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Question: Does the current crisis have any effect on my defined-benefit pension plan? I just turned 55 and was getting ready to start drawing from it. Will the amount I receive change now? —Lynn, Hephzibah, Georgia

Answer: The short answer is no. Just because the stock market has been reeling and the economy is in a major funk, your employer can’t reduce the size of the pension you’ve earned or take it away from you.

If nothing else, the current financial crisis has highlighted a major difference between traditional check-a-month defined-benefit pensions and defined-contribution plans like 401(k)s.

With a 401(k), a market meltdown can dramatically reduce your account balance. And if that happens after you’ve retired or are close to doing so, you may have to cut back on the income you draw from your 401(k) to avoid running out of money late in retirement.

With a traditional defined-benefit pension, on the other hand, the amount you receive is based on the number of years you worked for your company and your salary (typically the average for your last five years or your highest-earning five years). Once you’re “vested” in your plan - which usually takes five years in a traditional defined benefit plan - your employer is obligated by law to pay you the pension you’ve earned, regardless of how the financial markets perform (although you’ll typically have to wait until you’re 55 to 65 to collect it).

In short, if you have a 401(k), you assume the market risk. If you have a defined-benefit pension, your employer is on the hook.

The risks

Of course, plummeting stock prices have put a strain on the value of pension fund assets, and those assets are what employers are counting on to pay the pensions of current and future retirees. Generally, pension funds invest about 65% of their assets in stock and spread the rest among bonds, real estate and other investments. So when the stock market takes a dive, it cuts into the amount available to pay pension benefits.

That said, pension funds overall went into this year in pretty good shape. According to benefits consulting firm Hewitt Associates’ Pension Risk Tracker, the overall “funded ratio” of the pensions of companies in the Standard & Poor’s 500 index was 98% at the beginning of the year, which means the value of the assets in the funds was just about sufficient to cover the benefits due to plan participants. By mid-October, however, falling stock prices had pushed that ratio down to just over 80%.

The safety nets

But that doesn’t mean pension funds won’t be able to meet their commitments. Pension funds pay out their benefits over many decades. Indeed, a 35-year-old worker may not begin collecting for another 20 to 30 years and even then the payments will likely stretch over another 20 to 30 years. So there’s plenty of time for asset values to bounce back.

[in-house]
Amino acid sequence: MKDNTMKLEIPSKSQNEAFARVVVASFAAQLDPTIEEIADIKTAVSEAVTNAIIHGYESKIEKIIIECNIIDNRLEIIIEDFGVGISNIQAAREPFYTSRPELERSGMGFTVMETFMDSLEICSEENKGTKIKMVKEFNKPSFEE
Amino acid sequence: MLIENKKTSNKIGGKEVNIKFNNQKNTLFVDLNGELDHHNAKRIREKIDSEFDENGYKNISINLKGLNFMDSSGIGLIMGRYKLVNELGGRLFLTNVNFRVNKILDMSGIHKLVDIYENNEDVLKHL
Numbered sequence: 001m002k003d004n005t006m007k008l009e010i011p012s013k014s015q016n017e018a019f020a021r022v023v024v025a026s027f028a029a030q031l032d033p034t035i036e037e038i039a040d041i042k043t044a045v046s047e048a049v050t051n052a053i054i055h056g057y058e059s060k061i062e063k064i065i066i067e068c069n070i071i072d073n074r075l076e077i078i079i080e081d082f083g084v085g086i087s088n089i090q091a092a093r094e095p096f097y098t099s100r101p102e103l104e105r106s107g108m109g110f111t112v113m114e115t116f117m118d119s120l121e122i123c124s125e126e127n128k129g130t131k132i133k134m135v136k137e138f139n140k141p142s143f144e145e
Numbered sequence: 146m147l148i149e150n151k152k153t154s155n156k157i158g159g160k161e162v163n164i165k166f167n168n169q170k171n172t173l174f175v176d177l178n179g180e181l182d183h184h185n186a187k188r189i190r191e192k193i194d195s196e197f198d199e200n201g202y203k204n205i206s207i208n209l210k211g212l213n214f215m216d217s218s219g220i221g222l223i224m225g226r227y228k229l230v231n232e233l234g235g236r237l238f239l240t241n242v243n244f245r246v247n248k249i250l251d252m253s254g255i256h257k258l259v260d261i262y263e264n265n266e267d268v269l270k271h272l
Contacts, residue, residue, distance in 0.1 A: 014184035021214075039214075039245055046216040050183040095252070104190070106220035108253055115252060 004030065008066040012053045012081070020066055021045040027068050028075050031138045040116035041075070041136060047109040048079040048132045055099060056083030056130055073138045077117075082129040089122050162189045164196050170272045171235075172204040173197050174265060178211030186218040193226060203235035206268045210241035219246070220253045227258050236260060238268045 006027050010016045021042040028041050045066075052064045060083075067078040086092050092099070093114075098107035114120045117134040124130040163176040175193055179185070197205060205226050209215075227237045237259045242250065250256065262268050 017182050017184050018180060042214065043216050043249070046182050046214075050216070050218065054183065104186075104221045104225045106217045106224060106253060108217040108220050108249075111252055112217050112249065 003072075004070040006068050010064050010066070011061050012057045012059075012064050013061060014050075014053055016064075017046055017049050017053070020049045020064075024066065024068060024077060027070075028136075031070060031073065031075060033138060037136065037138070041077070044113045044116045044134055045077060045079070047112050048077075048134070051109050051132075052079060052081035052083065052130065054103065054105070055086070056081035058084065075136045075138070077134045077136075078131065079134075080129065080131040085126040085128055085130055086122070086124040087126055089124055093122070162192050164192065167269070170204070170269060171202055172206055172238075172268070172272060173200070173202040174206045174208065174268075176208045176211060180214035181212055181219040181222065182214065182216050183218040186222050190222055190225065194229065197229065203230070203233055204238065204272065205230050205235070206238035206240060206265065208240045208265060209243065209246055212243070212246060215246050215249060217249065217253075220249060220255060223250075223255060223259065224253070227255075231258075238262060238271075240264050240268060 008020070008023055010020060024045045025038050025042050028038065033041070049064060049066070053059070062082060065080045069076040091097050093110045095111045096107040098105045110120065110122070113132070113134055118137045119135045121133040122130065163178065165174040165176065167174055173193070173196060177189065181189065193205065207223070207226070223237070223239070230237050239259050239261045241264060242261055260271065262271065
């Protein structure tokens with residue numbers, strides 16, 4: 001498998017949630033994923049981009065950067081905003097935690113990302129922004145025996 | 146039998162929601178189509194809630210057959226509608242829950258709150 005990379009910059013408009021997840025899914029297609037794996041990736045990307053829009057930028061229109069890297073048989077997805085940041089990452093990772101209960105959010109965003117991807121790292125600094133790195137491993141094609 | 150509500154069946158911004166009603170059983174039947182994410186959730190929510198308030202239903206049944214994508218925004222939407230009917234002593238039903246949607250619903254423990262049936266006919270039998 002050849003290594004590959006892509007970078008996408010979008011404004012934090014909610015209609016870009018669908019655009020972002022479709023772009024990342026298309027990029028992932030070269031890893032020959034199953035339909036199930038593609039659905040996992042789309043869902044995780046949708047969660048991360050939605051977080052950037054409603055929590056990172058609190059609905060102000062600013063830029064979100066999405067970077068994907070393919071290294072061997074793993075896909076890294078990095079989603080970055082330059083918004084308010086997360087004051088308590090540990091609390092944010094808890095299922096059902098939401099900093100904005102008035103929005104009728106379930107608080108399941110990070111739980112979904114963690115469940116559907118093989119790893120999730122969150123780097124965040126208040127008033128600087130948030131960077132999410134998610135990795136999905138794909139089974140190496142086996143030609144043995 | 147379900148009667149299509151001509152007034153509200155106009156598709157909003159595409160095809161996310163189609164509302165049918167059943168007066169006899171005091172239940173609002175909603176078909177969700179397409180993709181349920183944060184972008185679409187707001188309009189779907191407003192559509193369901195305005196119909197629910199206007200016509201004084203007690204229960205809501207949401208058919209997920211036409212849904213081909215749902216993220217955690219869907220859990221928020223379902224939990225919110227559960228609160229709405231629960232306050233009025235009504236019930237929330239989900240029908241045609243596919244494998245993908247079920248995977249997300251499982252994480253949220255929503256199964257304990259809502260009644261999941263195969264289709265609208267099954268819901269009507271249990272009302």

What’s more, the Pension Protection Act of 2006 set tough new standards for how much money employers must contribute to their pensions annually to maintain their plan’s financial health. (The PPA doesn’t apply to defined-benefit plans of state and local governments, but those benefits are protected by state law and ultimately backed by tax revenues.)

Besides, even if your company were to go bankrupt and the pension plan’s assets were insufficient to meet its obligations, you would still likely collect all or most of the pension you have coming to you. That’s because the Pension Benefit Guaranty Corp., a government agency charged with assuring the payment of private-sector pensions, would step in and make payments up to certain limits.

The PBGC’s maximum payment for plans ended in 2008 is $4,312.50 a month, or $51,750 a year, for a 65-year-old. This ceiling is higher if you’re older and it’s lower if you retire earlier or if your pension includes payments for a survivor.

There are instances when the maximum payments aren’t enough to cover someone’s full pension, as has been the case with many pilots of airlines that went bankrupt. But more than 80% of the people whose pensions are taken over by the PBGC see no reduction in payments.

There’s one other way that the current crisis could affect defined-benefit pensions, however. If pension funds’ investment losses are deep enough, employers could be required to inject big sums of cash into their plans at the very time when their profits are being squeezed by the weak economy. If that happens, more companies might follow the example of companies like IBM, Unisys, Gannett, Equifax and others that have already frozen their pensions or announced plans to do so.

In the event of a freeze, you would typically no longer accrue additional benefits in the frozen plan for additional years on the job, although companies that freeze plans may enhance benefits other ways, such as by adding a 401(k) or improving the 401(k) if the firm already offers one. In any case, you would still be eligible for whatever benefits you had accrued before the freeze. Any pension benefit you’ve earned can’t be taken away. (If you think you have been unfairly denied pension benefits, check out your rights.)

So unless your pension plan is seriously underfunded and your company is in financial trouble and your pension is significantly above the PBGC ceiling, you can cross your defined-benefit pension off your list of things to worry about. And then turn your attention to your 401(k) and other retirement savings accounts to be sure you’re following the right investment strategy there.